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Soe is a single man from Burma who needs $1,500 to fund eye enucleation surgery.

Soe
73%
  • $1,100 raised, $400 to go
$1,100
raised
$400
to go
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December 9, 2019

Soe is a 49-year-old man from Burma. He and his wife got separated about six years ago and he has been living alone since. Soe does not have a regular job, but sometimes he drives a shared-taxi to make a living.

About two weeks ago, Soe’s left eye started to get irritated and the itchiness did not go away for a few days so with the advice from neighbors and friends, he soaked some betel leaves in water with salt and used the liquid as eye drops. As soon as he dropped the liquid in, he sensed a burning sensation in his left eye. In hope to get cured, he used the homemade eye drops for two days. After two days, his eye became worse and the pain even radiated to his head. He could no longer open left eye due to the pain. Soe had no money to go to the hospital, but with the help from his neighbors and friends, Soe arrived at Mae Tao Clinic (MTC) on December 3rd, 2019. The medics at MTC explained that his left eye has totally been damaged and that the only option now is to remove his eye.

Soe feels sad and frustrated most of the time now and he keeps blaming himself for not being careful. He feels that his neglect now has caused him an eye.

Soe is a 49-year-old man from Burma. He and his wife got separated about six years ago and he has been living alone since. Soe does not have...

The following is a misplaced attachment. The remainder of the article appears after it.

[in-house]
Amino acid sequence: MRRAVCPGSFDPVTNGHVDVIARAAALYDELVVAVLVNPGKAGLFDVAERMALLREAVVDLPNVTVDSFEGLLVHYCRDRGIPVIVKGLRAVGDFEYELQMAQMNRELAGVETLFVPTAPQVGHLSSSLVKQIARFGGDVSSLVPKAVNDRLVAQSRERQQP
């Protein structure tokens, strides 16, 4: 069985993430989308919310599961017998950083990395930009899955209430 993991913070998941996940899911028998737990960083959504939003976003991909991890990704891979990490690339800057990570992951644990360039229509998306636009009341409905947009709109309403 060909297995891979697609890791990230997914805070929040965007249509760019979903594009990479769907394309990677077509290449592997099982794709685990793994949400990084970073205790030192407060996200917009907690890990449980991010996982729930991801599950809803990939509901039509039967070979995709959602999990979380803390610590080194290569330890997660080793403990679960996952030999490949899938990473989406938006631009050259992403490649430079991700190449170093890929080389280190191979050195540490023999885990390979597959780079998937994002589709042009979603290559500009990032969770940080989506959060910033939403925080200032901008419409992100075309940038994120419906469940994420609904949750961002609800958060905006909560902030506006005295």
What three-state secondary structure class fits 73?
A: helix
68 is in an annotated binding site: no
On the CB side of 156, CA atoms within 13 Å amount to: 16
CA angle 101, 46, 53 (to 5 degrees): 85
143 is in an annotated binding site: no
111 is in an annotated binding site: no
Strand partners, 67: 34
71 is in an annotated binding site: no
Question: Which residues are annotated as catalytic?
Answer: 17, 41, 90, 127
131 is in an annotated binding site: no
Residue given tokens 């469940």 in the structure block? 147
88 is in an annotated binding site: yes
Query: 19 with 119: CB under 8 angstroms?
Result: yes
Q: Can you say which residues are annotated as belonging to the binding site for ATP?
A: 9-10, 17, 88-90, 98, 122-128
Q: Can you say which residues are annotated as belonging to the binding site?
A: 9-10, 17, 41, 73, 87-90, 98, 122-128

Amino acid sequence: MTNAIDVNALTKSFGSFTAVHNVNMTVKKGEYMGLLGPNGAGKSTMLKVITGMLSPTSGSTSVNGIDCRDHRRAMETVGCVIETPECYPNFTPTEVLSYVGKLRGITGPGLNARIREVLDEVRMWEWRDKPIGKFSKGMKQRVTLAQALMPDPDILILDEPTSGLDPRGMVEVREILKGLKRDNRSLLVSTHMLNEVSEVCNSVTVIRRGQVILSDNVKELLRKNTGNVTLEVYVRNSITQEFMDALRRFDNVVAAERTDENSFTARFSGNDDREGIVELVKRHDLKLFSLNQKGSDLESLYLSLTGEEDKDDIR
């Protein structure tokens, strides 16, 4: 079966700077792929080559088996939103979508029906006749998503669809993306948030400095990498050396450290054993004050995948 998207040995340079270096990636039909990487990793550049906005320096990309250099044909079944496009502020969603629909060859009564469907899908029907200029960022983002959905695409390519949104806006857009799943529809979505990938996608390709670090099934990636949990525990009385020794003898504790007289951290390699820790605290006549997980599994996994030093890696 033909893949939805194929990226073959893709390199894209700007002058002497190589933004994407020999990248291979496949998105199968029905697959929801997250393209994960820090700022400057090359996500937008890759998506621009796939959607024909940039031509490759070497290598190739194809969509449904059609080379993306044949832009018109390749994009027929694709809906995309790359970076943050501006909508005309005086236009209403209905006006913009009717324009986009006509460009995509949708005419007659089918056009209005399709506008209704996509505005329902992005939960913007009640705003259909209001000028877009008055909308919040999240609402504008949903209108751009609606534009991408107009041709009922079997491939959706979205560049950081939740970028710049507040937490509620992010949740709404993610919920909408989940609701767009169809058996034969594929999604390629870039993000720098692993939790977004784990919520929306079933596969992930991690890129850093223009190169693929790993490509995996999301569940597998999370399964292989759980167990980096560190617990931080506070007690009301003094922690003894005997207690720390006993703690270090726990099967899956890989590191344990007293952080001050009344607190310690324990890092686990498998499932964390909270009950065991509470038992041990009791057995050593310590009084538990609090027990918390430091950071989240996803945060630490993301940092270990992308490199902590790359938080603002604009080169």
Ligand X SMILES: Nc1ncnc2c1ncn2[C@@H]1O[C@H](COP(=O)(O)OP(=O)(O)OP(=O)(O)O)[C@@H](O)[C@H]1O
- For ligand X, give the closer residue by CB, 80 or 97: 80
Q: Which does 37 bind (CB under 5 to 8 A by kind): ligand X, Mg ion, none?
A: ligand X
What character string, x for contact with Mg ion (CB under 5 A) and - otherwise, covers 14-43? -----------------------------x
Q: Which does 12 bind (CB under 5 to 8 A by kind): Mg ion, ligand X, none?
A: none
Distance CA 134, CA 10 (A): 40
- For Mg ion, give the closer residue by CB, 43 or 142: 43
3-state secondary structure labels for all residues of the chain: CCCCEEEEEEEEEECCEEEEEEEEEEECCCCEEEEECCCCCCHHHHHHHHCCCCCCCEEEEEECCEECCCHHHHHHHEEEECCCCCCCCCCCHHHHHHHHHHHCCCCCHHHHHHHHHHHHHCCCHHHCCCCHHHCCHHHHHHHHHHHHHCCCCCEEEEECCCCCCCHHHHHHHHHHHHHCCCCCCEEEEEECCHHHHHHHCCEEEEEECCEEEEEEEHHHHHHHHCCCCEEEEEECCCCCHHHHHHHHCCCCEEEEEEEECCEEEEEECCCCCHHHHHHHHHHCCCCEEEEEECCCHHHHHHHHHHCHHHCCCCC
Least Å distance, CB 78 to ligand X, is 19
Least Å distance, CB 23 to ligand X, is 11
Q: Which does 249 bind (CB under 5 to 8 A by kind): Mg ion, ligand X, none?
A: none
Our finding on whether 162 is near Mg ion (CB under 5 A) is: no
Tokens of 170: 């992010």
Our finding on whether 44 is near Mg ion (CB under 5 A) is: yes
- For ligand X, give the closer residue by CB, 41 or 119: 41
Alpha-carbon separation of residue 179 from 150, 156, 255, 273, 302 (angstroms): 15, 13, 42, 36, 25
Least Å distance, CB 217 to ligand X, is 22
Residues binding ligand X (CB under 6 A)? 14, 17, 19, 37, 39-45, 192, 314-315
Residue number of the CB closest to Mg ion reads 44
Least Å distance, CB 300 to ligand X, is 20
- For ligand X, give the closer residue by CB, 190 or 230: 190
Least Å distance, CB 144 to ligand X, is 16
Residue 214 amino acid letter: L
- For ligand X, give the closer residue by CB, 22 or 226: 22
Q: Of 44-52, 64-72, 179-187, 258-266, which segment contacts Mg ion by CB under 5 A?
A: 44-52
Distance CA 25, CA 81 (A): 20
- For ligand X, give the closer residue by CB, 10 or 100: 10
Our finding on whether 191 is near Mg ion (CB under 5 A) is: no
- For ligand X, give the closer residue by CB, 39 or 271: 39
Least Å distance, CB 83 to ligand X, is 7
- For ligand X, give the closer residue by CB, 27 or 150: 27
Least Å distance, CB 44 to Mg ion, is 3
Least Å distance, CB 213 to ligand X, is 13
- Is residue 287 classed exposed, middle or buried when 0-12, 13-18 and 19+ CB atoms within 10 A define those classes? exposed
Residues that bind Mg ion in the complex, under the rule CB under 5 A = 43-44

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Soe's Timeline

  • December 9, 2019
    PROFILE SUBMITTED

    Soe was submitted by Ma Tu, Senior Project Officer at Burma Children Medical Fund, our medical partner in Burma.

  • December 09, 2019
    TREATMENT OCCURRED

    Soe received treatment at Mae Sot General Hospital. Medical partners often provide care to patients accepted by Watsi before those patients are fully funded, operating under the guarantee that the cost of care will be paid for by donors.

  • December 09, 2019
    PROFILE PUBLISHED

    Soe's profile was published to start raising funds.

  • March 19, 2020
    AWAITING UPDATE

    Awaiting Soe's treatment update from Burma Children Medical Fund.

  • TODAY
    AWAITING FUNDING

    Soe is currently raising funds for his treatment.

Funded by 25 donors

Funded by 25 donors

Treatment
Enucleation
  • Cost Breakdown
  • Diagnosis
  • Procedure
On average, it costs $3,058 for Soe's treatment
Subsidies fund $1,558 and Watsi raises the remaining $1,500
Hospital Fees
$1,270
Medical Staff
$393
Medication
$17
Supplies
$400
Labs
$86
Radiology
$550
Other
$342
  • Symptoms
  • Impact on patient's life
  • Cultural or regional significance

​What kinds of symptoms do patients experience before receiving treatment?

Patients may experience blurred or dim vision, shadows or blind spots in the field of vision, sensitivity to light and glare, double vision, eye pain, headache, nausea, and vomiting.

​What is the impact on patients’ lives of living with these conditions?

In the case of an eye tumor, the patient is at risk of the cancer spreading.

What cultural or regional factors affect the treatment of these conditions?

The healthcare system in Burma does not permit the average citizen to receive proper eye examinations. This lack of attention to ocular health is due to a variety of reasons. However, a low optometrist-to-population ratio and insufficient funds are the leading causes.

  • Process
  • Impact on patient's life
  • Risks and side-effects
  • Accessibility
  • Alternatives

What does the treatment process look like?